Published: Nov 2013
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Modern civilization is much more dependent on two essentials than is perceived by almost all of the world's population. Both involve lubricants and lubrication. The first is lubrication of all mechanical devices developed to undergird this civilization. The second is transportation of the vital components and peoples of this civilization. Both essentials are interlocked. It was thought to be of interest to this present symposium on viscosity and rheology of in-service fluids as they pertain to condition monitoring to view the behavior of engine oils in normal service. Initial studies of four engine oils both as fresh and after a normal drain interval of several thousand miles were made by high shear rate viscometry at 1.0 × 106 s−1 shear rate and 100°C and 150°C. In addition, elemental analyses of these fresh and used engine oils also were made to determine additive, contaminant, and wear content of the oils. Last, a special study of the fresh and used engine oils by applying gas chromatography in a somewhat different pattern gave interesting information on the influences of engines, driving patterns, engine condition, and lubricant response.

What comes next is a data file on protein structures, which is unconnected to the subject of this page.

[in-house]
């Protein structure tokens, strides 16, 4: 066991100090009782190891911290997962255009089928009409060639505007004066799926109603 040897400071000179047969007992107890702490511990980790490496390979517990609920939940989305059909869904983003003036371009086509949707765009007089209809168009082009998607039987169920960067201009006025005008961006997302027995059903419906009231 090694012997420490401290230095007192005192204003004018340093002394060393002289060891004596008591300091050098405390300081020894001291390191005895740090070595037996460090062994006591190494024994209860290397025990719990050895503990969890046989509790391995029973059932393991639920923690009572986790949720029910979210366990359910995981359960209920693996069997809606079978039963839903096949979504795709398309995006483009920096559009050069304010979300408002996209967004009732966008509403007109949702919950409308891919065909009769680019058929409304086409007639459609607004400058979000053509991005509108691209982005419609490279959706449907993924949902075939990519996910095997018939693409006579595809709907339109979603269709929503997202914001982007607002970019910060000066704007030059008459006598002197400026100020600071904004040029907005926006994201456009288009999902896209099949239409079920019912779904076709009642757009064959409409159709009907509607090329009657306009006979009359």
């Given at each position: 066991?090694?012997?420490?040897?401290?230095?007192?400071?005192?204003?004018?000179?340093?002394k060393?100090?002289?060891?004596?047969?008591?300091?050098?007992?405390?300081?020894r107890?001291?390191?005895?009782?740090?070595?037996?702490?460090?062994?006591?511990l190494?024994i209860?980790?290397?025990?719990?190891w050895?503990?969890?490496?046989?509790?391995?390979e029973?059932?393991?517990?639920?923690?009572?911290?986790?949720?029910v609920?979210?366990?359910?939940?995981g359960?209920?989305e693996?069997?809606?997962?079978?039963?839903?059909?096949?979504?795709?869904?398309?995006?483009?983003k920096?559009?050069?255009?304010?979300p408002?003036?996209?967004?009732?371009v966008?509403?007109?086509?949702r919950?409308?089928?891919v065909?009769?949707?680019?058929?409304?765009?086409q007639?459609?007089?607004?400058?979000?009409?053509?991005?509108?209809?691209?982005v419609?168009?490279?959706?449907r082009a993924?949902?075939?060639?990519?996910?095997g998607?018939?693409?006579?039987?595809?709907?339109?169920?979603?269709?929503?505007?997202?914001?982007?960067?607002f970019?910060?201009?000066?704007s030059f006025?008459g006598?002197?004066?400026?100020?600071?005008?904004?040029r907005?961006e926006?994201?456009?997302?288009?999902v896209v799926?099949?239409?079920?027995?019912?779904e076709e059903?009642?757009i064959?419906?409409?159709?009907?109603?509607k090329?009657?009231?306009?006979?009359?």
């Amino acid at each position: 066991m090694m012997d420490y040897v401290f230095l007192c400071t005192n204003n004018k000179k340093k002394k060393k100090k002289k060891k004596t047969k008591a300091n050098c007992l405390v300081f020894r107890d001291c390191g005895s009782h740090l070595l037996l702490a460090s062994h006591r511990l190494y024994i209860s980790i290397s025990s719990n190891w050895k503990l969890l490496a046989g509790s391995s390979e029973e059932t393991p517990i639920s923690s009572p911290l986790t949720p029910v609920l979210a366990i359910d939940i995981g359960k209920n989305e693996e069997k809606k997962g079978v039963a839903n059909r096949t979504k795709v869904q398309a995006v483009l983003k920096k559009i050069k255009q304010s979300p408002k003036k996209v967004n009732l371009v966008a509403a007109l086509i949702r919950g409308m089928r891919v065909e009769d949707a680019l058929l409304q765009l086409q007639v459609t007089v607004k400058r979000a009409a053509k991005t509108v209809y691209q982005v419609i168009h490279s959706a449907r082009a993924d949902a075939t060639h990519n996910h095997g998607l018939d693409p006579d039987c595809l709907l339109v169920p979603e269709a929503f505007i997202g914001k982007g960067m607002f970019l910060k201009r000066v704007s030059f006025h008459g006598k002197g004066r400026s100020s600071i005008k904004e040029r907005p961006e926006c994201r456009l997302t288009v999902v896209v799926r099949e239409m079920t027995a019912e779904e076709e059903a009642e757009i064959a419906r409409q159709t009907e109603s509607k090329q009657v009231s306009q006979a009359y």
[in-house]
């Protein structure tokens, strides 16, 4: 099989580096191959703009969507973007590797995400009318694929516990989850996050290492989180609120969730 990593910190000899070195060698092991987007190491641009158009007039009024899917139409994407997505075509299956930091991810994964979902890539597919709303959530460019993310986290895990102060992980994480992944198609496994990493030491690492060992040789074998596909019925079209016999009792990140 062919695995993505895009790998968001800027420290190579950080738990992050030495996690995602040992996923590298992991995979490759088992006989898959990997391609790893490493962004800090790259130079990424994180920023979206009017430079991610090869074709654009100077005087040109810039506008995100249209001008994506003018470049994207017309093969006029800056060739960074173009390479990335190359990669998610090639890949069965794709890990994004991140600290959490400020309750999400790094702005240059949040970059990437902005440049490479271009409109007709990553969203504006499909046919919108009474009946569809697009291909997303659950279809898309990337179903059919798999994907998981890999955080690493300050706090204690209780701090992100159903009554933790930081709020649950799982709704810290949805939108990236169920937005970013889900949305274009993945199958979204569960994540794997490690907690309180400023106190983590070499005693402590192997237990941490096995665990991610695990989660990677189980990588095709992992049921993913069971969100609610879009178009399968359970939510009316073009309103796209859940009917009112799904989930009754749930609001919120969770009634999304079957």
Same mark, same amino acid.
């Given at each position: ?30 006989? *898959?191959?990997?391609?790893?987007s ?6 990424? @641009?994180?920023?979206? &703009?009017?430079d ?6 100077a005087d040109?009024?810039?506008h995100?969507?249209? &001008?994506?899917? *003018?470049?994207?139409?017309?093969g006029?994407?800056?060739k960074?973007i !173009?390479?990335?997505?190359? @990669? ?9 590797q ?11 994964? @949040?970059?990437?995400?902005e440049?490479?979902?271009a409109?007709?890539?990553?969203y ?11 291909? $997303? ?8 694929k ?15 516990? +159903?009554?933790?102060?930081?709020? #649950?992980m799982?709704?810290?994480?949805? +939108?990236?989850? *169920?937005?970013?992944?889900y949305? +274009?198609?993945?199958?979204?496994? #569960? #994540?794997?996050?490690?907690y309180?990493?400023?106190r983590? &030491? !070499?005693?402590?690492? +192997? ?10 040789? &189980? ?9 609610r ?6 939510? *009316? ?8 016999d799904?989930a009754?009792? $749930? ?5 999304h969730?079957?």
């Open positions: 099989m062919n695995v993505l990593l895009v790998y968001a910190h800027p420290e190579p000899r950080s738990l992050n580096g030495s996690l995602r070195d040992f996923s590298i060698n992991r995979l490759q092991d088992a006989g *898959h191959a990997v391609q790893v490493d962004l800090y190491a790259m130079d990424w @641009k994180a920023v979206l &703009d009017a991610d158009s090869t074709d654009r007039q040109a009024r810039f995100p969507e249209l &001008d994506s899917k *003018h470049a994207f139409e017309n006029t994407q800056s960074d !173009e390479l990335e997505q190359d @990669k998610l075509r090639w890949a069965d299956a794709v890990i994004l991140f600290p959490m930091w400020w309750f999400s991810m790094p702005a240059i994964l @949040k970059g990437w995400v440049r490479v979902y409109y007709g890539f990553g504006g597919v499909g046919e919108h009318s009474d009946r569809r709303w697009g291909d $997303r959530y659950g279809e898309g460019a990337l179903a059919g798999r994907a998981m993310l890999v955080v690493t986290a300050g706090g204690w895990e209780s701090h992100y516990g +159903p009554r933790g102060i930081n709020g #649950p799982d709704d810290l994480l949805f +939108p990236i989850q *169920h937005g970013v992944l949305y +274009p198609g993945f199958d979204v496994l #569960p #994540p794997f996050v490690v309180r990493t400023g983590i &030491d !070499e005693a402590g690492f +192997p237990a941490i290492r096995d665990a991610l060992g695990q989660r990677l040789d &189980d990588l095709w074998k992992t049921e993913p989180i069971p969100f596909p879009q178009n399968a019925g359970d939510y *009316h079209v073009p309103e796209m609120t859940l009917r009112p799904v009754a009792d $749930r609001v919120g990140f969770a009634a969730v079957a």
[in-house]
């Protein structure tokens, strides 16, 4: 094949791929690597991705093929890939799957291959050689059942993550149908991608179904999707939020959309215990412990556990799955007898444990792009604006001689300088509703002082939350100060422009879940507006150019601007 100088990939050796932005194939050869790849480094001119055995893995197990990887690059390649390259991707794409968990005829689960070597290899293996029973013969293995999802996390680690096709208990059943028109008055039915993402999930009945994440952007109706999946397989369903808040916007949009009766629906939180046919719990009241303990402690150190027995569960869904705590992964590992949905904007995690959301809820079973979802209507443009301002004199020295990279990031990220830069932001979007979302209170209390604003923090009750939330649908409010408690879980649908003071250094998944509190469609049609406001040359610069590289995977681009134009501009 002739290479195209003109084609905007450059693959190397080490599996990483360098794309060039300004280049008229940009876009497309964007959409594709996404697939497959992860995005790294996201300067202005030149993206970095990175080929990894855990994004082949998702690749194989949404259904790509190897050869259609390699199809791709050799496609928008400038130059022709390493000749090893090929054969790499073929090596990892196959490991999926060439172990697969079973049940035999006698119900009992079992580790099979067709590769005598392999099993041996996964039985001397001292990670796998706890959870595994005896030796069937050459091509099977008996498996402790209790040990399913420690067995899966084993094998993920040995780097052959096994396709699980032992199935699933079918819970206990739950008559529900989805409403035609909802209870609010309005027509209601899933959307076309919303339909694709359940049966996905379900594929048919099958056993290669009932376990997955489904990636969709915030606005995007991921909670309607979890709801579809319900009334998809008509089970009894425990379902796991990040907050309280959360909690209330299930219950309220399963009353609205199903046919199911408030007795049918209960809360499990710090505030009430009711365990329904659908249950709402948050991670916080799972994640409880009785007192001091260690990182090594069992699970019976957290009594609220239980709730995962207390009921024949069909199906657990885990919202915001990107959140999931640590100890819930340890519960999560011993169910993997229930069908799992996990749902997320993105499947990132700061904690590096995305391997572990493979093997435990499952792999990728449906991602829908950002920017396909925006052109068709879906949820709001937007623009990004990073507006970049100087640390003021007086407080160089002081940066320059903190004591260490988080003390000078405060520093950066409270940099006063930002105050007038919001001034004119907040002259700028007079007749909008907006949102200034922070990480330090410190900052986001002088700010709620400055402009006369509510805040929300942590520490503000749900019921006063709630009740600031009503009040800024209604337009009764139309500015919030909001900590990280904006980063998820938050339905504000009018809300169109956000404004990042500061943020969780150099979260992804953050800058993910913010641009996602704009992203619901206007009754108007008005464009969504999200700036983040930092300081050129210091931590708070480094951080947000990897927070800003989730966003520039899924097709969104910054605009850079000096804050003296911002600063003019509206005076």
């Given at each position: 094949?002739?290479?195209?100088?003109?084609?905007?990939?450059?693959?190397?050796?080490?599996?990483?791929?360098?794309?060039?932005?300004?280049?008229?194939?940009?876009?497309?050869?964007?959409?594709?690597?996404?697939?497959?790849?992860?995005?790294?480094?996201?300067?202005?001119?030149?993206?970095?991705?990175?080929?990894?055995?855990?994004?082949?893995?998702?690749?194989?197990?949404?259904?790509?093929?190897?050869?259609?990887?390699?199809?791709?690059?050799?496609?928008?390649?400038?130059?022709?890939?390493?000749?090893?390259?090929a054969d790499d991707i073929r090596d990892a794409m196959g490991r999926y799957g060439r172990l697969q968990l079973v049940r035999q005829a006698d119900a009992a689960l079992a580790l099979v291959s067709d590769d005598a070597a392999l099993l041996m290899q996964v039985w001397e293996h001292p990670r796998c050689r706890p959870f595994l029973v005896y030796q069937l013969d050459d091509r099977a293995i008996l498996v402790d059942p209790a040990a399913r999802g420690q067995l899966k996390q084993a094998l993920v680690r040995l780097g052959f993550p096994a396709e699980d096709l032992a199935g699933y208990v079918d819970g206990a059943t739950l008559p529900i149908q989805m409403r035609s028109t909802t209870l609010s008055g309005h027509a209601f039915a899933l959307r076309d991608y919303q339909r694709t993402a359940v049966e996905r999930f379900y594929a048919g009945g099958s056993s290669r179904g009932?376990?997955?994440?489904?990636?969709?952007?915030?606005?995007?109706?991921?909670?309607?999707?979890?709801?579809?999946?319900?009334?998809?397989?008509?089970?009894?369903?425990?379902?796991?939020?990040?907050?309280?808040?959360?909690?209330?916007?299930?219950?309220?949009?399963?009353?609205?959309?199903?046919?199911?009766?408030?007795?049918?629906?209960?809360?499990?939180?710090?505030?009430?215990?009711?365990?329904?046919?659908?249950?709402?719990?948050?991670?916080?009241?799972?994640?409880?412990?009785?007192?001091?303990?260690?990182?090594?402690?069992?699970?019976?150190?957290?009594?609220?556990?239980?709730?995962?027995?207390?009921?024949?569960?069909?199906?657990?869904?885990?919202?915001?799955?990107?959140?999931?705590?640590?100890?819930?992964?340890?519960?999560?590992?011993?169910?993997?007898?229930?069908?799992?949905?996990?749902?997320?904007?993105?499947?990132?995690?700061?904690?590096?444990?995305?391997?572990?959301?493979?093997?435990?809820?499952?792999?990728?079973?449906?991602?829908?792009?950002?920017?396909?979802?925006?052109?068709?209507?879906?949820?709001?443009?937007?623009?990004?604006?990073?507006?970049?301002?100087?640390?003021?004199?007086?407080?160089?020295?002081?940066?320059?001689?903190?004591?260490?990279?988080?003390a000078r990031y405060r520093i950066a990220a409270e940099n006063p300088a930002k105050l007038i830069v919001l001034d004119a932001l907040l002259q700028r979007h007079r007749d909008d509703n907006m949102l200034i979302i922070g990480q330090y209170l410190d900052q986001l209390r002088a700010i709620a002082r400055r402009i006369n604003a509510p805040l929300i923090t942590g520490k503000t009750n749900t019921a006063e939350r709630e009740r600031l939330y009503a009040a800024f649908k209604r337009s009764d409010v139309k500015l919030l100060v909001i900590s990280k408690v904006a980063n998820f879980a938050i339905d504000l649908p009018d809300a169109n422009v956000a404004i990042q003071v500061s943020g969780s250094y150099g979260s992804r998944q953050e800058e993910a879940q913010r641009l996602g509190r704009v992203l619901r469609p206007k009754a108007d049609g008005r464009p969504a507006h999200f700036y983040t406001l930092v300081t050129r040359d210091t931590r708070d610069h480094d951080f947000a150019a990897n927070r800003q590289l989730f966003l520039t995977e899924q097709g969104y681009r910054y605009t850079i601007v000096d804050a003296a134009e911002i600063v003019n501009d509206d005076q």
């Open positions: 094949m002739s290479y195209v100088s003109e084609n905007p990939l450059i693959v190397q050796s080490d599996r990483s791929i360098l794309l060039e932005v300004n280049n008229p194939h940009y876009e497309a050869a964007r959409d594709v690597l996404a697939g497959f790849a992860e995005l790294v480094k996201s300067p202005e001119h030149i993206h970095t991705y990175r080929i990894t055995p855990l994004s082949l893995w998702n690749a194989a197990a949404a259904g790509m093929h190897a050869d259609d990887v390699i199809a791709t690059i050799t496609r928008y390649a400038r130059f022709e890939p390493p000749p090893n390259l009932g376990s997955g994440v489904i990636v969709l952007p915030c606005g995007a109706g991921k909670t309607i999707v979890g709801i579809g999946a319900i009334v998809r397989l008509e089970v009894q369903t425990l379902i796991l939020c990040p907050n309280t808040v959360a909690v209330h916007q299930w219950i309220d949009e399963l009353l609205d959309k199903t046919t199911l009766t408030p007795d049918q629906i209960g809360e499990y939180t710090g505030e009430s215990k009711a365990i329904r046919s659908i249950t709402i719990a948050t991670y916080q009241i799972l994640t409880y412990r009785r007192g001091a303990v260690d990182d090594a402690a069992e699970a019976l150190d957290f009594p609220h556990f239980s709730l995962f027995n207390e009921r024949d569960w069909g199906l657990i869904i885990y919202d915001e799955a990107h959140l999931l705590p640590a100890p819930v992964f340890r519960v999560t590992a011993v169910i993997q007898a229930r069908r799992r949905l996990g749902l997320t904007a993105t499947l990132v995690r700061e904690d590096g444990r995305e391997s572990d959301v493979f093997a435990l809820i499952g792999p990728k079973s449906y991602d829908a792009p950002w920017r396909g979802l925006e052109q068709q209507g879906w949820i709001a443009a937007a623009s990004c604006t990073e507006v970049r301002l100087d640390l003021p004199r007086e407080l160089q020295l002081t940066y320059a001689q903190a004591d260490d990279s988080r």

engine oil, viscosity, high shear rate, engine oil volatility, analysis of engine oil, tapered bearing simulator viscometer, used engine oil, gas chromatography
Selby, Theodore W.
Director, R&D, Savant, Inc., Midland, Michigan